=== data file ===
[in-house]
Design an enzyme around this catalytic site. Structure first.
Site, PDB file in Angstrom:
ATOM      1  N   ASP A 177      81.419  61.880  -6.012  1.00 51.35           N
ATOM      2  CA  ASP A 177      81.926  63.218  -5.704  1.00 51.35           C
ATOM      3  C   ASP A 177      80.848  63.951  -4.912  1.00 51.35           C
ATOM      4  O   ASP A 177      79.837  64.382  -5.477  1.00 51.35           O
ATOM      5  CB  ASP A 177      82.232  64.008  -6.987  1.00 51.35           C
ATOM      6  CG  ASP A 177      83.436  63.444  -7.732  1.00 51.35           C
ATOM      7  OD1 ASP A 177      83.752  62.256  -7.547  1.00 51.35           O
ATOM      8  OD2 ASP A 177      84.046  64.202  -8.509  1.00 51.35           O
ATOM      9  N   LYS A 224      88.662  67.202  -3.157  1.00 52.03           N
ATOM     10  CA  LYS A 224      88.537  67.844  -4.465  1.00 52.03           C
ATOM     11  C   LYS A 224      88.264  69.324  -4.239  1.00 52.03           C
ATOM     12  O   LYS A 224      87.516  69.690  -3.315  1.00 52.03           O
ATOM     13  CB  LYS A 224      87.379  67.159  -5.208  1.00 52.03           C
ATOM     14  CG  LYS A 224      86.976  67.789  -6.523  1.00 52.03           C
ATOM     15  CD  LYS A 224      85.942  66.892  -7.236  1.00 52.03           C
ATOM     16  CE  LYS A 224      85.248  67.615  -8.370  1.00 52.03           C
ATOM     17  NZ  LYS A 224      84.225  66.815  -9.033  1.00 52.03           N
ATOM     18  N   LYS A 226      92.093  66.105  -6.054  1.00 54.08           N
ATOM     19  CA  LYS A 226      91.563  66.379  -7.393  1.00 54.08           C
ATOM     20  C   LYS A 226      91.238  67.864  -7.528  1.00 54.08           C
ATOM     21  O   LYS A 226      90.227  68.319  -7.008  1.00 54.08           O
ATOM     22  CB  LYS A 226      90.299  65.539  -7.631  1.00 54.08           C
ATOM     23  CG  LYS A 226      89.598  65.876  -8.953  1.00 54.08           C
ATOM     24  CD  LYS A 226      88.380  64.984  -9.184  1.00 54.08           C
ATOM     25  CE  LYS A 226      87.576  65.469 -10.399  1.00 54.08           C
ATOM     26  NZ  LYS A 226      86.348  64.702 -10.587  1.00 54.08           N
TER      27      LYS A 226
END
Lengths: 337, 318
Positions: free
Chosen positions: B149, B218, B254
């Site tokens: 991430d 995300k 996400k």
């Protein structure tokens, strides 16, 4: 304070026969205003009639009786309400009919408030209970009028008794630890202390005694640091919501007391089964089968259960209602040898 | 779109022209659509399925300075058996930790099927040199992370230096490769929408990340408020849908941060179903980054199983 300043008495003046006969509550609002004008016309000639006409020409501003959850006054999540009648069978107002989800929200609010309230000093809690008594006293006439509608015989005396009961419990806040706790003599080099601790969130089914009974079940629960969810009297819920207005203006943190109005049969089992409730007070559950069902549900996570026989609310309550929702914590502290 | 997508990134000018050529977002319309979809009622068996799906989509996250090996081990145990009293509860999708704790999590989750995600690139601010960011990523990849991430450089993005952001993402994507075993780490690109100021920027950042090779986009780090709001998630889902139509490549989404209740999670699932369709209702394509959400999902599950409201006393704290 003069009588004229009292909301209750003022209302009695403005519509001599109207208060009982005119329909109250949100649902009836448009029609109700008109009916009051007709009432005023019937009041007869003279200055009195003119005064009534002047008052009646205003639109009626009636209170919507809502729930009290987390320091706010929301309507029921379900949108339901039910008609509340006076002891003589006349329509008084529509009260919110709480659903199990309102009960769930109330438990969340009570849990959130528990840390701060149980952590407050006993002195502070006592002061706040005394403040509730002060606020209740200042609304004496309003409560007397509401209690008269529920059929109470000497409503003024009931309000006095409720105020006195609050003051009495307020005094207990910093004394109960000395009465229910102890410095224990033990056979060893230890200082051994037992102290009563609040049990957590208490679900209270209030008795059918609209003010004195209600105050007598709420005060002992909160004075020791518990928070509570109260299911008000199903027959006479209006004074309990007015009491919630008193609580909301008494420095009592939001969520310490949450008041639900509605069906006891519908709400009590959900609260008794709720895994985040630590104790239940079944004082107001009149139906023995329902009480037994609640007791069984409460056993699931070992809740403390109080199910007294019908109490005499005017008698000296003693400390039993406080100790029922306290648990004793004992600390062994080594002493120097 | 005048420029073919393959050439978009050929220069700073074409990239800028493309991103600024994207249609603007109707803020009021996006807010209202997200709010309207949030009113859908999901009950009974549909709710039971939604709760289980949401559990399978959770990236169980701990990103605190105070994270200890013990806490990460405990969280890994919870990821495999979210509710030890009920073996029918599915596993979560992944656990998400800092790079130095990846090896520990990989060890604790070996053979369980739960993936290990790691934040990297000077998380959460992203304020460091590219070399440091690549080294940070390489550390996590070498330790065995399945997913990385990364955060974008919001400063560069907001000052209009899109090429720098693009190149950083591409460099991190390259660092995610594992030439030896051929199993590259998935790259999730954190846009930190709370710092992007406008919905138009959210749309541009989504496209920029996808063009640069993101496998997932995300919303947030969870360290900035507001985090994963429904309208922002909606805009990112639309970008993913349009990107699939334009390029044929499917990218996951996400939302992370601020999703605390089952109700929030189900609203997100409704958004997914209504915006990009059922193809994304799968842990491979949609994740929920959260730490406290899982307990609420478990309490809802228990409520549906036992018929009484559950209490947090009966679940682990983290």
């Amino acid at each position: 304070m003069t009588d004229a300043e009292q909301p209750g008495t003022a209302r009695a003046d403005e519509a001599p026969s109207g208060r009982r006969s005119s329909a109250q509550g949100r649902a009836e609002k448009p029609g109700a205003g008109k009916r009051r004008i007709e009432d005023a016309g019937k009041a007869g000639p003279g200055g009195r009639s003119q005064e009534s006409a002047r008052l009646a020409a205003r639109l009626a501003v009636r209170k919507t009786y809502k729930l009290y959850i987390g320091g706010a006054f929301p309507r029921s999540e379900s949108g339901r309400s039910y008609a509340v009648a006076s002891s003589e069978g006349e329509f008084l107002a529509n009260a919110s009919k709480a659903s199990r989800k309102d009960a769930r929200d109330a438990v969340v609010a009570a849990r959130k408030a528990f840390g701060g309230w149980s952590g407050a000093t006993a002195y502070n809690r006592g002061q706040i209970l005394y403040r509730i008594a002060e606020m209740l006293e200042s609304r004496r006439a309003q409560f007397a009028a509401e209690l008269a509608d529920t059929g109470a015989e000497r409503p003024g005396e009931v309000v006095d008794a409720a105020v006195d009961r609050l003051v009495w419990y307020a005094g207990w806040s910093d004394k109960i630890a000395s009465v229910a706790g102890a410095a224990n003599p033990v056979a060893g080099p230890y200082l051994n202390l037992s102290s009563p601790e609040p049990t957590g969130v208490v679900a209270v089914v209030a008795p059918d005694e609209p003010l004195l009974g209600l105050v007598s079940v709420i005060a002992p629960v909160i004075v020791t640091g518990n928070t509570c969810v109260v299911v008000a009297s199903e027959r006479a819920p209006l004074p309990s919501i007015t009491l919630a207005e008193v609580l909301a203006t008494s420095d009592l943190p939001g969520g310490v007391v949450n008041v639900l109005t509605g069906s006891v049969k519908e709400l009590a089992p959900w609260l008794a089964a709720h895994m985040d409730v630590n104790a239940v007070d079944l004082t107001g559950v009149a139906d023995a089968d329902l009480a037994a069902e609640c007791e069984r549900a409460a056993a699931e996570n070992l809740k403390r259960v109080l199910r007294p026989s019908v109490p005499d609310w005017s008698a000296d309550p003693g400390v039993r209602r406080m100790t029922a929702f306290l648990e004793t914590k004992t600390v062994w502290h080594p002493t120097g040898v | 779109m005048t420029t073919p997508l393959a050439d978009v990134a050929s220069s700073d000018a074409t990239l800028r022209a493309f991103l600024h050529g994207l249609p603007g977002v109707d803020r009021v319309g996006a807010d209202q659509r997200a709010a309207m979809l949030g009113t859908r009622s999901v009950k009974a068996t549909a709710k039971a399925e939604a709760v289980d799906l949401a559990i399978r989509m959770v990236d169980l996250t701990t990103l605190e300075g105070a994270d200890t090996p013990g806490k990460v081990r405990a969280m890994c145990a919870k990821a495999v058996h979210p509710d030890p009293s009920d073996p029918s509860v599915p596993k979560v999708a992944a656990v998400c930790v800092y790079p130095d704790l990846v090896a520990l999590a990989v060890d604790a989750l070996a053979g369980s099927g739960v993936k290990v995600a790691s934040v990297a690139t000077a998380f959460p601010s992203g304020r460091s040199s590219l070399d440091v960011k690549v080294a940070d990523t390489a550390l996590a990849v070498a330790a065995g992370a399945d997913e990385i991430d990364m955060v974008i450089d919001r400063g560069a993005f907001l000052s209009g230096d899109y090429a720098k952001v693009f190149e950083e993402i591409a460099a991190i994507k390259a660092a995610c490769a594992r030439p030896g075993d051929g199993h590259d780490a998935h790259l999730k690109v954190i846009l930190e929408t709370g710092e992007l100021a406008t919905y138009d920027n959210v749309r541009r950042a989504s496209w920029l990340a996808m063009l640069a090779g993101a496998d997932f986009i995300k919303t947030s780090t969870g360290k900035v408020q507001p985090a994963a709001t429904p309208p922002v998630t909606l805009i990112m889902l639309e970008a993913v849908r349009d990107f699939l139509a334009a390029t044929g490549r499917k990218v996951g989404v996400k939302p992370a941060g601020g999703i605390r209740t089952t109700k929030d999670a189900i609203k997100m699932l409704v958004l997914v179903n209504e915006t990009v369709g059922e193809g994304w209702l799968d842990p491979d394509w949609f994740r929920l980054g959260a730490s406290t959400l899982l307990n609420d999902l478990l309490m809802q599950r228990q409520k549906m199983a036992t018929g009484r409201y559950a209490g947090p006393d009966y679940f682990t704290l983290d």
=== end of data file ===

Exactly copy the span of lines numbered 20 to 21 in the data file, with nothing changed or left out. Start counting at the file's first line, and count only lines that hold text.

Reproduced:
ATOM     17  NZ  LYS A 224      84.225  66.815  -9.033  1.00 52.03           N
ATOM     18  N   LYS A 226      92.093  66.105  -6.054  1.00 54.08           N